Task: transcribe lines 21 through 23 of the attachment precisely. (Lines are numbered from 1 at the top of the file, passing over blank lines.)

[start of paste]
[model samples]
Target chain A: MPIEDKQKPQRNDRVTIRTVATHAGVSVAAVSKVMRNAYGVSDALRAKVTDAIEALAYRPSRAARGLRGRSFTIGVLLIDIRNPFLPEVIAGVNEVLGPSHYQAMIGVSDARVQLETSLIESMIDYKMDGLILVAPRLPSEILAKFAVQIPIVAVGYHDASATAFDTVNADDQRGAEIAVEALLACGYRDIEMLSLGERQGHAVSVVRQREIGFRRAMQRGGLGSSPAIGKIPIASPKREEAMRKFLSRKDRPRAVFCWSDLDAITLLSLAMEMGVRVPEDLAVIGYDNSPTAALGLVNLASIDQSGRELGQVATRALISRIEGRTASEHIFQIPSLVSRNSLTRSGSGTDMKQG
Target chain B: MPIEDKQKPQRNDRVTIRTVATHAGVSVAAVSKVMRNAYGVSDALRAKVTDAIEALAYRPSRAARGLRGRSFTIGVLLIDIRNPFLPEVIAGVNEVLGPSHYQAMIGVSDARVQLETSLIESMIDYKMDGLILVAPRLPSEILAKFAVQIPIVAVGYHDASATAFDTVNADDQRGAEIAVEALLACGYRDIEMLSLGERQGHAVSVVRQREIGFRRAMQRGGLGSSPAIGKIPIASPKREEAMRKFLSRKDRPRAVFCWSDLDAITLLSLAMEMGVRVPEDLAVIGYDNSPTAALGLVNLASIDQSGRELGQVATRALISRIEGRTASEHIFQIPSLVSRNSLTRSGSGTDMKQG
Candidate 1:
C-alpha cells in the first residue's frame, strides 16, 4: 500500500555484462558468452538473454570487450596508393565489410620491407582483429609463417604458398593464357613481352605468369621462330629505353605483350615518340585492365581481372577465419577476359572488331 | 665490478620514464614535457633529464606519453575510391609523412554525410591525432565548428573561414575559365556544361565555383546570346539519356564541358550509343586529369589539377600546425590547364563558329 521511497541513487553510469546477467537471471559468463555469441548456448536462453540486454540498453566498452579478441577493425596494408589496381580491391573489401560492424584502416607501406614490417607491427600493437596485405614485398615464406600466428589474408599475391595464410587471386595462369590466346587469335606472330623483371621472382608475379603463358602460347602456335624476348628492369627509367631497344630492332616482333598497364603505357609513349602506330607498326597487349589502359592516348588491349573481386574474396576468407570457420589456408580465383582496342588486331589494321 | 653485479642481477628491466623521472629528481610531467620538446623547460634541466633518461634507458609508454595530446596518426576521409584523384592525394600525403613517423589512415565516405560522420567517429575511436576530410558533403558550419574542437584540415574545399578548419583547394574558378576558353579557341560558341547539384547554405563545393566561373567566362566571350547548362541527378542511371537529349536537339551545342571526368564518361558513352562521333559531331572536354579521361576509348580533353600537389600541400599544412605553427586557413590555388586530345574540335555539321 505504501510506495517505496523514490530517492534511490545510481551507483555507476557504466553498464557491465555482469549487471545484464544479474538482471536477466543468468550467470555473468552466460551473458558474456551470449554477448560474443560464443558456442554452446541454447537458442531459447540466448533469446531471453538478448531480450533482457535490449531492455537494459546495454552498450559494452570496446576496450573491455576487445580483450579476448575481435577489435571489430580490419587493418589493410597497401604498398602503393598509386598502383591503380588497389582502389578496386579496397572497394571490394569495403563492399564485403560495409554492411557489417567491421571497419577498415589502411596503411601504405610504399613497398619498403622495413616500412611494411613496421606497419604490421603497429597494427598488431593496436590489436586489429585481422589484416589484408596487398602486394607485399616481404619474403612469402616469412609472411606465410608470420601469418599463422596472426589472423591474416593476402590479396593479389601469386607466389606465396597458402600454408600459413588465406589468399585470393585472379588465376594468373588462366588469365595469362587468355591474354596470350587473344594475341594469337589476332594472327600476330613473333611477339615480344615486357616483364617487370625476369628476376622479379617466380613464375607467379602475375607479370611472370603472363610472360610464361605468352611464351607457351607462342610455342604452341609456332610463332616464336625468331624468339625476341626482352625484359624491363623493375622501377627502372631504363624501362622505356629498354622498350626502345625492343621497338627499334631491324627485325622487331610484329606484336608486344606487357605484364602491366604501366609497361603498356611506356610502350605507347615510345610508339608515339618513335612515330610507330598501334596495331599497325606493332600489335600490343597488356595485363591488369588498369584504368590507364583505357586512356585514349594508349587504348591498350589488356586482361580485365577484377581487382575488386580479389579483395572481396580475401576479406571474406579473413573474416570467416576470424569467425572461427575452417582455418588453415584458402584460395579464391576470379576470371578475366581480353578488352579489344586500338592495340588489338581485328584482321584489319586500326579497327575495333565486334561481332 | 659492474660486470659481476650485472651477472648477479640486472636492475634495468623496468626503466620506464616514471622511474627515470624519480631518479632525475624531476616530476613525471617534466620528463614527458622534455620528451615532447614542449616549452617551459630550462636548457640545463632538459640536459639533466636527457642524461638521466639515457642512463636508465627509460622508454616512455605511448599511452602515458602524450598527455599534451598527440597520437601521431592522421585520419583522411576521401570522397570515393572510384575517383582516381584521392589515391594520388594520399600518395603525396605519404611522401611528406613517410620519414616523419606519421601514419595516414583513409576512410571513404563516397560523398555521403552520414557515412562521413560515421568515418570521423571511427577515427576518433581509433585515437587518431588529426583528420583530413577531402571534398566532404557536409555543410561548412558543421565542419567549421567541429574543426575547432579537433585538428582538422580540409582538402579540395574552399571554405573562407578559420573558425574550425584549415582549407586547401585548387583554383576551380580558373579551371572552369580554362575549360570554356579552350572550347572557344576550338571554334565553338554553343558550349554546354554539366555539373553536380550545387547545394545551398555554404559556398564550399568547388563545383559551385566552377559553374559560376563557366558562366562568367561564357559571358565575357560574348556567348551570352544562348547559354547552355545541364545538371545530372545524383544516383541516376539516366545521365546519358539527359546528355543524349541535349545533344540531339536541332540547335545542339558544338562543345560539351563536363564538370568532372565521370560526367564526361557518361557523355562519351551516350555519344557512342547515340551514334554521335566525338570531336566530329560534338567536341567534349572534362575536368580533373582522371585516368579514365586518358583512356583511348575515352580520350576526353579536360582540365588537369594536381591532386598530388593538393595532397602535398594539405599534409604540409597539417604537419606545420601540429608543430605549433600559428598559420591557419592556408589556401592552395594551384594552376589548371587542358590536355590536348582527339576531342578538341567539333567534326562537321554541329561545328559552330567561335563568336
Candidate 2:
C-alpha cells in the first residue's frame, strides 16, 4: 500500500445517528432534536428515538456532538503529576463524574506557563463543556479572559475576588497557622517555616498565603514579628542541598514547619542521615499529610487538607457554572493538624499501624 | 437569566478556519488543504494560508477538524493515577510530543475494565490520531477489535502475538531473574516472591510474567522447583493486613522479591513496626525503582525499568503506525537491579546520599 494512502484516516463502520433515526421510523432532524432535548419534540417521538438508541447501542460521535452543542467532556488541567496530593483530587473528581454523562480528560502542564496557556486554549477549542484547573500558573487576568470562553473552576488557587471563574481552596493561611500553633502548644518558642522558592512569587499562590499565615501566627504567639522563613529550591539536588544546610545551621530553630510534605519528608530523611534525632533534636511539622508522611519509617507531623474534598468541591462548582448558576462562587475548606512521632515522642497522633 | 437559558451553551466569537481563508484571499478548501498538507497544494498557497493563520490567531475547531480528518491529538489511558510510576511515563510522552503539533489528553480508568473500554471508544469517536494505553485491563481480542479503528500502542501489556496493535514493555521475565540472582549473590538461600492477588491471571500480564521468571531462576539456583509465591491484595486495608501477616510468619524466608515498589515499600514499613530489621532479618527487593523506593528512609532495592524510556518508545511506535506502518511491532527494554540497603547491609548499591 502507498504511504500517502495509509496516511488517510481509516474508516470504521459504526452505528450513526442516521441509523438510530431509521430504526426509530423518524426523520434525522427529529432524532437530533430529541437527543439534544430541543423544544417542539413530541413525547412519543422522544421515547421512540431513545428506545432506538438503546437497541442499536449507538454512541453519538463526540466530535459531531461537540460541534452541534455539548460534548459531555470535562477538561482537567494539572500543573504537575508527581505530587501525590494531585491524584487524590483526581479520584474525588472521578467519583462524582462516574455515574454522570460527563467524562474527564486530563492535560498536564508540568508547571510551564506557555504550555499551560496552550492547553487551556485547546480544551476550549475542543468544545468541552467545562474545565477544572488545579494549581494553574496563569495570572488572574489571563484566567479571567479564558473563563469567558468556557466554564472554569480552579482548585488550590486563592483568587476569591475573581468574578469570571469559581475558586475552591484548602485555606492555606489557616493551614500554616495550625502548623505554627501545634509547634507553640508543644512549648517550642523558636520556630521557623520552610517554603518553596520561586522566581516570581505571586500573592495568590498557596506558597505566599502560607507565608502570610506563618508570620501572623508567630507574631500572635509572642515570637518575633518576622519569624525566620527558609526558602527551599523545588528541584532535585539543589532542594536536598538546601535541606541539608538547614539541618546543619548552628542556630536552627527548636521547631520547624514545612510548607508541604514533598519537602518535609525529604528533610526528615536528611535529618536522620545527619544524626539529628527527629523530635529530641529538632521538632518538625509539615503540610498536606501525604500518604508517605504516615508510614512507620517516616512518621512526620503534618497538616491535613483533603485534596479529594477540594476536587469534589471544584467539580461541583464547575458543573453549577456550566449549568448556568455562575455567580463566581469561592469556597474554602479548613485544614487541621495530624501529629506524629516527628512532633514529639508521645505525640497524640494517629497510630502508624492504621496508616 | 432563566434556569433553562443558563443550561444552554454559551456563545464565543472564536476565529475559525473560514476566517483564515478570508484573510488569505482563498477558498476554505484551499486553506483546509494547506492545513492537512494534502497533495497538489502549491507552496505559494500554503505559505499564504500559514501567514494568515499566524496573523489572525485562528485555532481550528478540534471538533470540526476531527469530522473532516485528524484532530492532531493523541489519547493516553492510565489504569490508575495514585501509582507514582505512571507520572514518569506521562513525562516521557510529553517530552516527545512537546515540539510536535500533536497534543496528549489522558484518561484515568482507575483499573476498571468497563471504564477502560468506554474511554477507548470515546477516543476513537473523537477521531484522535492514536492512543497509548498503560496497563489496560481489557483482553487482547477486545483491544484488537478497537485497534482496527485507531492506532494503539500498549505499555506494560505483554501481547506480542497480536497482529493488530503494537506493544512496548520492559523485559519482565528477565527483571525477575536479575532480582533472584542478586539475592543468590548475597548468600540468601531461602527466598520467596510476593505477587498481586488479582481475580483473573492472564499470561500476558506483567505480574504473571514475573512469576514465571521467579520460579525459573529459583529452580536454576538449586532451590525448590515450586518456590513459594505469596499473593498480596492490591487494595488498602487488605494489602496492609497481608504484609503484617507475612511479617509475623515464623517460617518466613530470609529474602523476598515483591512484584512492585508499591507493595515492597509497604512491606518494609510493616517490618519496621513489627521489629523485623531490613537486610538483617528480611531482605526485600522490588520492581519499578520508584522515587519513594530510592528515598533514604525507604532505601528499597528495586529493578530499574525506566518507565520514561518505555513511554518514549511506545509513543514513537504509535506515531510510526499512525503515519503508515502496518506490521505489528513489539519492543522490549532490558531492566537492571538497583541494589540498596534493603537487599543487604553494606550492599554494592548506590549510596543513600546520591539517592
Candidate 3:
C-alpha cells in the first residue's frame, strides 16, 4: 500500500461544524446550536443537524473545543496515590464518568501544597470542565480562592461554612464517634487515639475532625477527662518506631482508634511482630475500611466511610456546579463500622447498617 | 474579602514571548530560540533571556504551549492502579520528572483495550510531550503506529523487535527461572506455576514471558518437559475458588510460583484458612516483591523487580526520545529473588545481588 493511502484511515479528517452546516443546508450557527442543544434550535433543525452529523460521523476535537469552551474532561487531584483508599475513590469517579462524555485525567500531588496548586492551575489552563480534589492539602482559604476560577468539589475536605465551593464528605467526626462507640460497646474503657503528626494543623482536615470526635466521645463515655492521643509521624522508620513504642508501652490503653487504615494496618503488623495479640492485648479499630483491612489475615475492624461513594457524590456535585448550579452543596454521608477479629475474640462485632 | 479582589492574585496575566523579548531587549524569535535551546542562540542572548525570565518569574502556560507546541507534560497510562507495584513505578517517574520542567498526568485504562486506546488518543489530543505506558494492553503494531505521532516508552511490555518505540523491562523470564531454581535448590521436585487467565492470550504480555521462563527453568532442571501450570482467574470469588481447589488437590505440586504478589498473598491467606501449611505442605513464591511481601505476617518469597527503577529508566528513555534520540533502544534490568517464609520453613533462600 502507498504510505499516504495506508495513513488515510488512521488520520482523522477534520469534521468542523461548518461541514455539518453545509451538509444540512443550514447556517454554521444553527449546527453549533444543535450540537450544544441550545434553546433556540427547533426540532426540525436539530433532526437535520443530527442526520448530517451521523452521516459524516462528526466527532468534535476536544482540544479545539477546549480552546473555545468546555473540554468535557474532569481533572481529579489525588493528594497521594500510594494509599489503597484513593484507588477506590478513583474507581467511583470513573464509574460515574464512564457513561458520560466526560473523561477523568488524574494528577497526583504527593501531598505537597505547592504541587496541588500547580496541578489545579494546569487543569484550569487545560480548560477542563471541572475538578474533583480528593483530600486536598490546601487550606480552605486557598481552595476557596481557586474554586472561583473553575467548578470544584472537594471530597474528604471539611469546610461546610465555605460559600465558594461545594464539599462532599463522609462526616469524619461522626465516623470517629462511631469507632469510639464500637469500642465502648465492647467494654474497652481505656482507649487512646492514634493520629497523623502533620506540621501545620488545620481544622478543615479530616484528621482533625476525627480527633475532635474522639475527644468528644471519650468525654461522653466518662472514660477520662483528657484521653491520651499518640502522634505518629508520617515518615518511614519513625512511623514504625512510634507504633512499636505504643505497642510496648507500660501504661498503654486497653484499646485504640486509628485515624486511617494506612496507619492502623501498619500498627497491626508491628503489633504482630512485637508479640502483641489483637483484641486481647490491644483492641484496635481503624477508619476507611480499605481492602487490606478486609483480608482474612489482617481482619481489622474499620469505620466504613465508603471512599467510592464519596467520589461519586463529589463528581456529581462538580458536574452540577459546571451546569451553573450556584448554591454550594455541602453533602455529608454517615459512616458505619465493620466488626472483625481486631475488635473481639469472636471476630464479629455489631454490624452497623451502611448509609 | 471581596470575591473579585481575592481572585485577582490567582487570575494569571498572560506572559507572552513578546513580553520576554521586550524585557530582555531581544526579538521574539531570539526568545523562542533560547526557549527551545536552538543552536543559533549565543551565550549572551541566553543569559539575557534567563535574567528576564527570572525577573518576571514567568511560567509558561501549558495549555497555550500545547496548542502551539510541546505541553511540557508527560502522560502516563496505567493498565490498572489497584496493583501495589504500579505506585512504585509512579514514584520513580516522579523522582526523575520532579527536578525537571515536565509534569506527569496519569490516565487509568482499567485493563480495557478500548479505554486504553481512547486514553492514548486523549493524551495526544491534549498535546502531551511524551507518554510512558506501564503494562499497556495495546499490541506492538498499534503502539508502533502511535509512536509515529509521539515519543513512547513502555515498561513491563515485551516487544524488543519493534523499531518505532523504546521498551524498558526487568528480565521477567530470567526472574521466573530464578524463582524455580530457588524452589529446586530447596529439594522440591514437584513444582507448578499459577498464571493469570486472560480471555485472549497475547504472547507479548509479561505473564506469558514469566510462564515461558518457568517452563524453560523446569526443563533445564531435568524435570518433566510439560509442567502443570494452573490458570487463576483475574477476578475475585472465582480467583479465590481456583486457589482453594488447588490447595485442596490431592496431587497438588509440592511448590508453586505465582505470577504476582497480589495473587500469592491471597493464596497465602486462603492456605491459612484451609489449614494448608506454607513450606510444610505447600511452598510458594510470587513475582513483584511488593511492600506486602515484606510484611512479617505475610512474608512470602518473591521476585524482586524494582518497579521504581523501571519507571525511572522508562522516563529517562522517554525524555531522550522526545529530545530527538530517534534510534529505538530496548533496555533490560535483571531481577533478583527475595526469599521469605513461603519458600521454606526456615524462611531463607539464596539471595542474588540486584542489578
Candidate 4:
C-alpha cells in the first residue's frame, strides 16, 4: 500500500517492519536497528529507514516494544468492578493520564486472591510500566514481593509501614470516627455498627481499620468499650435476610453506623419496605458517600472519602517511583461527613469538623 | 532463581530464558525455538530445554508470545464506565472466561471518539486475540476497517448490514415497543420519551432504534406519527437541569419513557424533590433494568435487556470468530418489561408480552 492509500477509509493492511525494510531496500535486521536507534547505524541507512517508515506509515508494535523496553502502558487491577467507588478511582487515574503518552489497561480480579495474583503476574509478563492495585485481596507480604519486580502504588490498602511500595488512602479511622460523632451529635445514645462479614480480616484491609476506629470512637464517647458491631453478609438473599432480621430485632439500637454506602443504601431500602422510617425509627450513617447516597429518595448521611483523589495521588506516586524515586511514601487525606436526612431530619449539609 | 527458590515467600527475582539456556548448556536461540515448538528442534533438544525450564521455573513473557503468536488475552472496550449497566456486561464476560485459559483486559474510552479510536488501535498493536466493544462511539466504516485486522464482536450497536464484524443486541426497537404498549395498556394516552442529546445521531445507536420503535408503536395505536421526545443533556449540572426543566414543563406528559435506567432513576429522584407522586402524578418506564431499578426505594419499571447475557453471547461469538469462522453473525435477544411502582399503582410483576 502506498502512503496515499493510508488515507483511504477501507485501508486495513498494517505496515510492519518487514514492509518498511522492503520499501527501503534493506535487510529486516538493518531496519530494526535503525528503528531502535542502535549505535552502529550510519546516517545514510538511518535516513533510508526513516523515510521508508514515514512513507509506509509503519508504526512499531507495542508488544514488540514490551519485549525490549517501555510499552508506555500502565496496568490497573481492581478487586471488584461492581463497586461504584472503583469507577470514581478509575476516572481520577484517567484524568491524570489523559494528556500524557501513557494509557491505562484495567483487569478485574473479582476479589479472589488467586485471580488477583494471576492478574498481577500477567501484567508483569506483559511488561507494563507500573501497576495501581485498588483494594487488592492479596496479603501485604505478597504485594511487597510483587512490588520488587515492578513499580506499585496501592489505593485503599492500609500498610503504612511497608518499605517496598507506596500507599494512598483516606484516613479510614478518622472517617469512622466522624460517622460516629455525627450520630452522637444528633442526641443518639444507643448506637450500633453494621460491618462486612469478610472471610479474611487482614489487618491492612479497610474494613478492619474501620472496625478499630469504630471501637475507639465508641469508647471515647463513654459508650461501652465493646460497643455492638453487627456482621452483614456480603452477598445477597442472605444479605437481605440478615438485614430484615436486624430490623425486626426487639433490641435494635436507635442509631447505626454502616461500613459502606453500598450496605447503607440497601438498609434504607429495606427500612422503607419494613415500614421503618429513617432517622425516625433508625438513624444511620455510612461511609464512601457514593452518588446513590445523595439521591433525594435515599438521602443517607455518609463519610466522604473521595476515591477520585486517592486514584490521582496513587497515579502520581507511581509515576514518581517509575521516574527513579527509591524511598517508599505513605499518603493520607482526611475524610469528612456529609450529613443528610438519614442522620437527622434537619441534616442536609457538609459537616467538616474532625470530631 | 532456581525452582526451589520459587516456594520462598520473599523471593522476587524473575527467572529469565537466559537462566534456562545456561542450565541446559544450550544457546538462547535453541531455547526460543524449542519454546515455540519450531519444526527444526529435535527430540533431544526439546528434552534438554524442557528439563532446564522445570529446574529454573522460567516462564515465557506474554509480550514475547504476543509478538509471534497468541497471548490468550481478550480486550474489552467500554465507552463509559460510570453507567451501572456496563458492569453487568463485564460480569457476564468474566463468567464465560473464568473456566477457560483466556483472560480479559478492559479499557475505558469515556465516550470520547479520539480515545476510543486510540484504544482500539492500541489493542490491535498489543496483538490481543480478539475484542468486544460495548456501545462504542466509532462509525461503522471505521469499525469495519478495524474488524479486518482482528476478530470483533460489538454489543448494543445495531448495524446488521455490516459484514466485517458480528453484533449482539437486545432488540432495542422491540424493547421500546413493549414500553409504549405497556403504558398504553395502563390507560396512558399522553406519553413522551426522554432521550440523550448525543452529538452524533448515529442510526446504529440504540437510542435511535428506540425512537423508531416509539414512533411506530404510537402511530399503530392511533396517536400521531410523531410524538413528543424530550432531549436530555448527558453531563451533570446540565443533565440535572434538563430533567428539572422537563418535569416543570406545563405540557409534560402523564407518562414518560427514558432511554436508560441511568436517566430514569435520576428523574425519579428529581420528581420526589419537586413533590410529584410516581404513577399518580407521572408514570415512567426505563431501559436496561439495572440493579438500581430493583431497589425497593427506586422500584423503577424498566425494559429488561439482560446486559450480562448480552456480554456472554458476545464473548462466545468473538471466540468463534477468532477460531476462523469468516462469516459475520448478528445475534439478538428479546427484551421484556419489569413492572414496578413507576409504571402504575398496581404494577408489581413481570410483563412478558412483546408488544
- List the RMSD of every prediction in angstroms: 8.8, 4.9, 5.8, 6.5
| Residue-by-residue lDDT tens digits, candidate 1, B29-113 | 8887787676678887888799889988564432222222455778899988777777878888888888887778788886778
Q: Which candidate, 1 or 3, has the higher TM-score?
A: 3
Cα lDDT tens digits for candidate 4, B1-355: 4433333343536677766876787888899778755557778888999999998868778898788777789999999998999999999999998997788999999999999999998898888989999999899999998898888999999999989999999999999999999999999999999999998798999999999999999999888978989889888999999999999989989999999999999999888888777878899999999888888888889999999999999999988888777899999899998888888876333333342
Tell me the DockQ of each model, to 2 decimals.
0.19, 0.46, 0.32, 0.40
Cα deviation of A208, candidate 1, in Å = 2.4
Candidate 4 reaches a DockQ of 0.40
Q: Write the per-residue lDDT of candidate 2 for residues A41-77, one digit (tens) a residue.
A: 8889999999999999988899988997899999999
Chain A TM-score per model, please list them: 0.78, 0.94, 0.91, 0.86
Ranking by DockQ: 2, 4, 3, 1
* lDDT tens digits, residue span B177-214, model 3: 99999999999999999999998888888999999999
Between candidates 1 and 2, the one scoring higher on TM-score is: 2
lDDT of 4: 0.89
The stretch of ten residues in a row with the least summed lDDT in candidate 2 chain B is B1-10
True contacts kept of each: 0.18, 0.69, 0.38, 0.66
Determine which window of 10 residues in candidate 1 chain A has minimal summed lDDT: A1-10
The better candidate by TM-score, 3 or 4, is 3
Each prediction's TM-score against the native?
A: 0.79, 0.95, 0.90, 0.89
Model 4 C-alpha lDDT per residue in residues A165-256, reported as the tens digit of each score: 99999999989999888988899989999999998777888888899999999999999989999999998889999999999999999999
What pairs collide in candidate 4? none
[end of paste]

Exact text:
Q: Write the per-residue lDDT of candidate 2 for residues A41-77, one digit (tens) a residue.
A: 8889999999999999988899988997899999999
Chain A TM-score per model, please list them: 0.78, 0.94, 0.91, 0.86